THE RENAISSANCE SPEAKS HEBREW
From 12th April to 22nd September MEIS hosts the exhibit The Renaissance Speaks Hebrew, by Giulio Busi and Silvana Greco.
The exhibit addresses one of the key periods in the cultural history of the Italian Peninsula, a time that was decisive in forming the Italian identity. It also reveals a completely original aspect: the presence of the Jews and the fruitful dialogue with the Christian culture of the majority.
On display are such paintings as The Holy Family and the Family of Saint John the Baptist (1504-1506) by Andrea Mantegna, the Birth of the Virgin (1502-1507) by Vittore Carpaccio, Christ Disputing with the Doctors in the Temple (1519-1525) by Ludovico Mazzolino and Elijah and Elisha by Stefano di Giovanni di Consolo, known as Sassetta, surprisingly all of which feature significant texts written in Hebrew. There are illuminated Hebrew manuscripts in the rich Renaissance style, such as The Guide for the Perplexed by Maimonides (1349), purchased by the Italian State less than a year ago. There is also Italy's oldest wooden Holy Ark, which has returned for the first time from Paris, and the Torah Scroll of Biella, a very ancient parchment of the Jewish Bible, still used today in the synagogal liturgy.
During the Renaissance, the Jews were there, right in the front row, active and enterprising. They were in Florence, Ferrara, Mantua, Venice, Genoa, Pisa, Naples, Palermo and obviously Rome. At times welcomed and well accepted as moneylenders, doctors and merchants, and not merely as secondary players, or the object of prejudice. They were exponents of times encompassing multifaceted experiences; meetings and conflicts, harmony and harsh clashes. For the first time, MEIS tells the story of this rich, complex encounter, thanks also to the enticing background scenery conceived by the designers at Studio GTRF Giovanni Tortelli Roberto Frassoni.
Retracing such an interweaving of mutual experiences means, first of all, recognizing the debt Italian culture owes to Judaism and exploring the Jewish premises for Renaissance civilization. It also means admitting that this interpenetration has not always been synonymous with harmony, nor with undramatic acceptance. Indeed, it has led to intolerance, contradictions, social exclusion and violence against the Jewish group, engaged in the difficult task of defending its specific identity.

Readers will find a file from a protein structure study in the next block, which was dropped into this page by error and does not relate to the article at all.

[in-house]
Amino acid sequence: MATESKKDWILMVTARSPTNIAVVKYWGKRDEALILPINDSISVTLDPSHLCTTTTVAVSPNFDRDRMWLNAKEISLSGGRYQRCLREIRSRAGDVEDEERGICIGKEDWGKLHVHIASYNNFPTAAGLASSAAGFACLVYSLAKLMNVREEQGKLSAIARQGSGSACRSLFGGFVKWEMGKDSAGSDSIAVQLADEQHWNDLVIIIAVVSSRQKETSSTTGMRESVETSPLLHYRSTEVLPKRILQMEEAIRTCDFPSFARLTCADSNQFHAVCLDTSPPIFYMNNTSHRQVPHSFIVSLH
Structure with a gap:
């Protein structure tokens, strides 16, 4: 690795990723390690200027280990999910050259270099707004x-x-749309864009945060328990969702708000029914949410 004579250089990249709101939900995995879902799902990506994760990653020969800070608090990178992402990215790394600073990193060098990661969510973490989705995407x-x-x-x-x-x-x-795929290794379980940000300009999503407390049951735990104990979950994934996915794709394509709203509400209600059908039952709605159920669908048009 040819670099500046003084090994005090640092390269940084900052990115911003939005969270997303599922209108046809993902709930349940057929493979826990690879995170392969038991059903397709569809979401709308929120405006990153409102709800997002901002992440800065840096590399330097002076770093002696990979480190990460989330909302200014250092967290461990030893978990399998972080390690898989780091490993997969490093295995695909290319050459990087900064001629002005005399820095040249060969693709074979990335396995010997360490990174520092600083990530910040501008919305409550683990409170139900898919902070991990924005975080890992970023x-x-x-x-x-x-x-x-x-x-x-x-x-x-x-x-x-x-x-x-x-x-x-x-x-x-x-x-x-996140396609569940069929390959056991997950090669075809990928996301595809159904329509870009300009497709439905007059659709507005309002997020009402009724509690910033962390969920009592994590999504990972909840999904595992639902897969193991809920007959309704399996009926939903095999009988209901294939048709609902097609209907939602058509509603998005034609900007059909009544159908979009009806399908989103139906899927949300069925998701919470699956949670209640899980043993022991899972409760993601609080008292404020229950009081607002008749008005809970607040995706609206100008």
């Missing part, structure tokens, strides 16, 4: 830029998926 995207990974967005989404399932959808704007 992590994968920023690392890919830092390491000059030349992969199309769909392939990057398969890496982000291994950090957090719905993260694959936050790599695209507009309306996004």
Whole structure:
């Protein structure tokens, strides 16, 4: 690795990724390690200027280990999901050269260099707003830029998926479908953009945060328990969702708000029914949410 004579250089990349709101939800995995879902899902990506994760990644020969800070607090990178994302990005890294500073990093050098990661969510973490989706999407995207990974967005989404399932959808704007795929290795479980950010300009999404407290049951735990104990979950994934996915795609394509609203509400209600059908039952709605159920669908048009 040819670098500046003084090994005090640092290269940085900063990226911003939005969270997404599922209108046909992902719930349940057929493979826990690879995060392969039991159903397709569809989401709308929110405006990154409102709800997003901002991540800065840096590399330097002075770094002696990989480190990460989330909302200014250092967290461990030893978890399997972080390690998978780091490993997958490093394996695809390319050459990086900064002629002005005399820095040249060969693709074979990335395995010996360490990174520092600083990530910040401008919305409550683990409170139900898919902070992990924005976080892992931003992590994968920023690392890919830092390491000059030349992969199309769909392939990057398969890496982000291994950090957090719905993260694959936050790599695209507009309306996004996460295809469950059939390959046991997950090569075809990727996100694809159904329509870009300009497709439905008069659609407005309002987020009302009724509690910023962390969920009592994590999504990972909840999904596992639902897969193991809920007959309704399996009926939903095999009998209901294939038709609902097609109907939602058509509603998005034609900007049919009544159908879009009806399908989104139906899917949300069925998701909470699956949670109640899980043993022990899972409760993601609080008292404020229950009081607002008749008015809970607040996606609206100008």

With this new narrative, the Museo Nazionale dell'Ebraismo Italiano e della Shoah in Ferrara takes a crucial step forward in its offering to the general public. Not only because the exhibit adds a further chapter to the story of Italian Judaism (after the exhibit on the first thousand years, which has now been transformed into the first part of the permanent exhibit), but also because this new section touches the heart of the MEIS mission: to bear witness to the complex, but possible dialogue — at times fruitful, though not without moments of ambiguity — between minority and majority. This is a precious lesson that Italy reaps from its history, and offers to the present, to a Europe that is increasingly multicultural and called upon to question itself and its roots.
The Renaissance speaks Hebrew was honored with the Medal of the President of the Italian Republic Sergio Mattarella, an award for national representation.
The exhibition is organized by MEIS, with the patronage of the Ministry for Cultural Assets and Activities, the Emilia-Romagna Region, the Municipality of Ferrara, the Union of Italian Jewish Communities - UCEI and the Jewish Community of Ferrara.
Sponsors: Intesa Sanpaolo, Fondazione Ebraica Marchese Cav. Guglielmo De Levy, TPER, Leonardo, Coop Alleanza 3.0, Bonifiche Ferraresi.
We thank Ambassador Giulio Prigioni for his generous contribution in memory of his daughter Francesca.
Thanks go to Alessandro Treves for supporting the restoration of the Holy Ark and pulpit.
Thanks to the Norsa Pesaro family.
We thank the Doria Pamphilj Gallery in Rome for the loan of Christ and the Doctors of Ludovico Mazzolino. For more information on the Gallery follow the link https://www.doriapamphilj.it/roma/
We thank Assicurazioni Generali for its organizational collaboration.
Hours: April 12, 2019 – September 22, 2019, Tuesday through Sunday from 10.00 a.m. to 6.00 p.m. The same hours apply for the bookshop and the educational suites. Schedule of special openings and closings are available at meisweb.it.
General admission: €10.00; Discounted admission: €8.00 (children 6-18 years old, university students, MyFE Card holders); Groups of a minimum of 15 people: €6.00 (one free admission for every 20 paying visitors); Families composed of at least 1 adult and 1 child between the ages of 6 and 14: €6.00; Universities and schools (minimum 15 people, from Monday through Friday): €5.00 (2 free admissions for persons/teachers accompanying each group); Free admission: children under the age of 6, persons with 100% disability and the person accompanying them, card-carrying journalists and tour guides, ICOM members and uniformed military personnel.
The ticket is valid for the entire museum (exhibits on the first thousand years of Italian Judaism and the Renaissance), the multimedia show Through the Eyes of the Italian Jews, for the Space for Questions, the Garden of Questions and the docufilm We were Italians about Italian survivors of the Holocaust. Further details on rates and guided tours are available at meisweb.it.